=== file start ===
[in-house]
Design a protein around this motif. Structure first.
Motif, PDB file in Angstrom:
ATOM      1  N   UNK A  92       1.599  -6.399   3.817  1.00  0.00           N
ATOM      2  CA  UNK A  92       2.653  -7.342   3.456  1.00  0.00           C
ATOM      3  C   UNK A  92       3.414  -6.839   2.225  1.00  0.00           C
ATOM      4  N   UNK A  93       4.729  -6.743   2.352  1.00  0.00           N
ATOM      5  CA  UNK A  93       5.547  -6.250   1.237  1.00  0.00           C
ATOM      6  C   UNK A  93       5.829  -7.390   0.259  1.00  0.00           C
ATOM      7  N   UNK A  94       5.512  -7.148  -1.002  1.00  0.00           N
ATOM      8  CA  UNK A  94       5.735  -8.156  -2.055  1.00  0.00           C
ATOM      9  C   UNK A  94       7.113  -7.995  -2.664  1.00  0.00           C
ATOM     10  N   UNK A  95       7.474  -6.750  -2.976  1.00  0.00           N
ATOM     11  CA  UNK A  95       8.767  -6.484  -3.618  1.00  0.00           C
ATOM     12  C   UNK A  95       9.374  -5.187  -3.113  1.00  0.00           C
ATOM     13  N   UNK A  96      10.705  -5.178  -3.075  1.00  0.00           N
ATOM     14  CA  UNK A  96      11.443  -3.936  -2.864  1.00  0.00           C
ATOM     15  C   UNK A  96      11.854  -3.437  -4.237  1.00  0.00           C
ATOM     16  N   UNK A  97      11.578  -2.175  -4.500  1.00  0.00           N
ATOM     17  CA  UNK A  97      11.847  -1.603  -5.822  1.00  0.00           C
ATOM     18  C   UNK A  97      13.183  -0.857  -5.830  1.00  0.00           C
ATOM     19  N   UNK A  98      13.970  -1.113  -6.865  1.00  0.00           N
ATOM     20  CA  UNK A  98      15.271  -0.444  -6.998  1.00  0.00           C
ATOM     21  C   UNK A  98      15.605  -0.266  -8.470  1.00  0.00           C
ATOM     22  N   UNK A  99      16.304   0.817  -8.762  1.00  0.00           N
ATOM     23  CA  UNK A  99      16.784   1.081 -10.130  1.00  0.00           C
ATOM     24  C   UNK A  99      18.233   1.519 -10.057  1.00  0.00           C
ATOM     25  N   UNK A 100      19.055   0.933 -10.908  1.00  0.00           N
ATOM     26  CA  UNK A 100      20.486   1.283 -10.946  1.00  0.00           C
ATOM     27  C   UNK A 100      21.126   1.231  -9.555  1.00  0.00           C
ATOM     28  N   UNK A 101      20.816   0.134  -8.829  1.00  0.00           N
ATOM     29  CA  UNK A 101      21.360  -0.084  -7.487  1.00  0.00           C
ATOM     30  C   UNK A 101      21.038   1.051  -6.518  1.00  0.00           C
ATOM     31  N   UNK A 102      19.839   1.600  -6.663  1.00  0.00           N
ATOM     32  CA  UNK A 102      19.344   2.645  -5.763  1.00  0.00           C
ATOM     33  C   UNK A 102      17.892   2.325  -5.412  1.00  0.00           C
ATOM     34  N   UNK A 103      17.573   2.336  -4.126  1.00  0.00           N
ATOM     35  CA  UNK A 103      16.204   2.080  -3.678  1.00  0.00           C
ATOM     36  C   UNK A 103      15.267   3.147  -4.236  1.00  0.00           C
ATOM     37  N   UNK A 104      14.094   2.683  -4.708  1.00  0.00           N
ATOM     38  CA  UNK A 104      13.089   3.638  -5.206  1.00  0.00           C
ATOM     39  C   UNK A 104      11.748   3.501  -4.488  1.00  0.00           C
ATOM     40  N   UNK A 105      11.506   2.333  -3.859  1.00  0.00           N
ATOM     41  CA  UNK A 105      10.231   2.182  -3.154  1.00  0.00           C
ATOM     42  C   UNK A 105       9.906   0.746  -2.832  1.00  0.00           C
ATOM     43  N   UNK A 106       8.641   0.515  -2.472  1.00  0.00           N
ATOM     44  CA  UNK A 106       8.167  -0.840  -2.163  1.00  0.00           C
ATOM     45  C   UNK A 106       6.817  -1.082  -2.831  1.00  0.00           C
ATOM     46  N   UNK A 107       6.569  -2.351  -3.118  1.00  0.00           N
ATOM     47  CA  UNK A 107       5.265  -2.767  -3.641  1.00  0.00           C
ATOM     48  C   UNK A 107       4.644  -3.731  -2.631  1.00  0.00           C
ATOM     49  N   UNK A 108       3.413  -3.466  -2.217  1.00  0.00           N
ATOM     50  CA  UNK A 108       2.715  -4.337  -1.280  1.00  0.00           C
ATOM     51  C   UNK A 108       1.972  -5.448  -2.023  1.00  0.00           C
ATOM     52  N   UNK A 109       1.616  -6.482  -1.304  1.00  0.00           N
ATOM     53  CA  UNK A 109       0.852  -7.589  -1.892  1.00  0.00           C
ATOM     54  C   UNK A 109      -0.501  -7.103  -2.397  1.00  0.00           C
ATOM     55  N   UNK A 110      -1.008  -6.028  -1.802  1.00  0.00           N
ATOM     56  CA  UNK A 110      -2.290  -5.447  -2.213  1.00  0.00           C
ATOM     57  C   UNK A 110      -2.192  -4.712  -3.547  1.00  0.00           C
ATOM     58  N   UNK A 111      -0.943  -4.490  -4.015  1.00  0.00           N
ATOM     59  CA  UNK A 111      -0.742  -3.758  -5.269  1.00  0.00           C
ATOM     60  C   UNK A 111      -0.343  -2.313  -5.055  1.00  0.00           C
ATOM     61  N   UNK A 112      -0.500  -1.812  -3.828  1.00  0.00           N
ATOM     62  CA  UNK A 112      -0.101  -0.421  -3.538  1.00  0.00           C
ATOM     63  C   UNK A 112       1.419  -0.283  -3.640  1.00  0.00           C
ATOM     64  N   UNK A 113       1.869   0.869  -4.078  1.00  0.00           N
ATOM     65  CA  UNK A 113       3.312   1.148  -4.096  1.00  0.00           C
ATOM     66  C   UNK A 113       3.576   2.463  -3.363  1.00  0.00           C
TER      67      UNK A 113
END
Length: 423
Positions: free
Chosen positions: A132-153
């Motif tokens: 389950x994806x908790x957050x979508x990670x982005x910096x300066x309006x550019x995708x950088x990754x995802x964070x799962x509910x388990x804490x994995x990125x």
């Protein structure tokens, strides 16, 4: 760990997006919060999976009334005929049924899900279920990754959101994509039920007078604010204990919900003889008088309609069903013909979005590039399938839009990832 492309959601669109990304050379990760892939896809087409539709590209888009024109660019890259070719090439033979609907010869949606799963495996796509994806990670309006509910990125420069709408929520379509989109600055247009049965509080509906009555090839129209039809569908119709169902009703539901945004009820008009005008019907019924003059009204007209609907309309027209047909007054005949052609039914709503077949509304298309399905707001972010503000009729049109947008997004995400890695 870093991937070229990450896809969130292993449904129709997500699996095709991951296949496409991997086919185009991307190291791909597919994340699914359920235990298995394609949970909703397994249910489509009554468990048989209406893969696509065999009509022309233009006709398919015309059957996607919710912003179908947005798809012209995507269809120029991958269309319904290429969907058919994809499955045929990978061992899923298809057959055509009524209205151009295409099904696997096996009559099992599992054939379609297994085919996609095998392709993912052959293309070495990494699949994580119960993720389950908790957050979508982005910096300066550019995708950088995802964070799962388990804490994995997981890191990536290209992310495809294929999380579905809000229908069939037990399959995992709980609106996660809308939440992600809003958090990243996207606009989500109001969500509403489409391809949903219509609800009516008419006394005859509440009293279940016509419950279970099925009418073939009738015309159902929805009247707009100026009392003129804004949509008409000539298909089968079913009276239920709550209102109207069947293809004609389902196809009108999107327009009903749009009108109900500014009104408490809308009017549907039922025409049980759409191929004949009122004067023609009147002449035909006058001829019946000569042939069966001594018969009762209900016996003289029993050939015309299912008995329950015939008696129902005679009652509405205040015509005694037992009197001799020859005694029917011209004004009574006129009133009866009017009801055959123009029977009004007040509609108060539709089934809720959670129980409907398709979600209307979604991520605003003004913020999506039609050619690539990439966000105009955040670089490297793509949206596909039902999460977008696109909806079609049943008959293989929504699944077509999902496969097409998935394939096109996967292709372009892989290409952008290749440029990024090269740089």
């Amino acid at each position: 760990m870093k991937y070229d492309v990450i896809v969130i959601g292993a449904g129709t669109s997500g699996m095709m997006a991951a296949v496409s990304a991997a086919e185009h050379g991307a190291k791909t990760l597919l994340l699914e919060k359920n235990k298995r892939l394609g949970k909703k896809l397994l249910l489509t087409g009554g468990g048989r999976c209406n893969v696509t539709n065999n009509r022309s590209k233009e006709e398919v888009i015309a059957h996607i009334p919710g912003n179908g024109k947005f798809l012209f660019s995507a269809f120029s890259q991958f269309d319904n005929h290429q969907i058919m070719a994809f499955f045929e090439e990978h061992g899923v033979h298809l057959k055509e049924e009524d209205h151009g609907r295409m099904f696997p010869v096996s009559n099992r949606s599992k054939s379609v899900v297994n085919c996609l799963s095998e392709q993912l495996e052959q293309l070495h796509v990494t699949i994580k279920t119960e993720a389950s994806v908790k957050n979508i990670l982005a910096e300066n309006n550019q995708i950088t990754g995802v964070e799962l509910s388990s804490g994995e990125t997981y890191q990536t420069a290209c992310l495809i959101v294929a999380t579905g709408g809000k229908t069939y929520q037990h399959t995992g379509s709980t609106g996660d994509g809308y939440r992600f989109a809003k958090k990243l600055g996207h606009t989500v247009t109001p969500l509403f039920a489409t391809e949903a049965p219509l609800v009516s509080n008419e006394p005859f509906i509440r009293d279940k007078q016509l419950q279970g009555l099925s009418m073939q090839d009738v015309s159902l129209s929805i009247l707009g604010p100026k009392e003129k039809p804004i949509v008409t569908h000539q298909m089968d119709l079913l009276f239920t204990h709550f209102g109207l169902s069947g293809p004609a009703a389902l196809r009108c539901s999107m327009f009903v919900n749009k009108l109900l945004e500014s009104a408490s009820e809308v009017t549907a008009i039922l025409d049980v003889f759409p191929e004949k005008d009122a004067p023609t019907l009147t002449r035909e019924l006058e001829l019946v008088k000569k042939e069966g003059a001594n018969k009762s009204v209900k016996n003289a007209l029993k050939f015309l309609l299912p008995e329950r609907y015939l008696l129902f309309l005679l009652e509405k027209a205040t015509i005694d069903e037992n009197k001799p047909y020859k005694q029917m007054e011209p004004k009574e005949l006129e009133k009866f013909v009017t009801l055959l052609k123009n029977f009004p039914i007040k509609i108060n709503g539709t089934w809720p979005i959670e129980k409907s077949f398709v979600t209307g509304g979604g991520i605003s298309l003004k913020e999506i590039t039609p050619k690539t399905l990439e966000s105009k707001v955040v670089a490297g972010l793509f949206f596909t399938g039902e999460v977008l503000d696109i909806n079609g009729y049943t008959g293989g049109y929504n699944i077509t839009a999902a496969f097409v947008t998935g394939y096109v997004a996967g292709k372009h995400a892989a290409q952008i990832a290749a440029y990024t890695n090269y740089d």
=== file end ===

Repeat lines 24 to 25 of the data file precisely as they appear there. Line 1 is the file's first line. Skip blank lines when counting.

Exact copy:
ATOM     21  C   UNK A  98      15.605  -0.266  -8.470  1.00  0.00           C
ATOM     22  N   UNK A  99      16.304   0.817  -8.762  1.00  0.00           N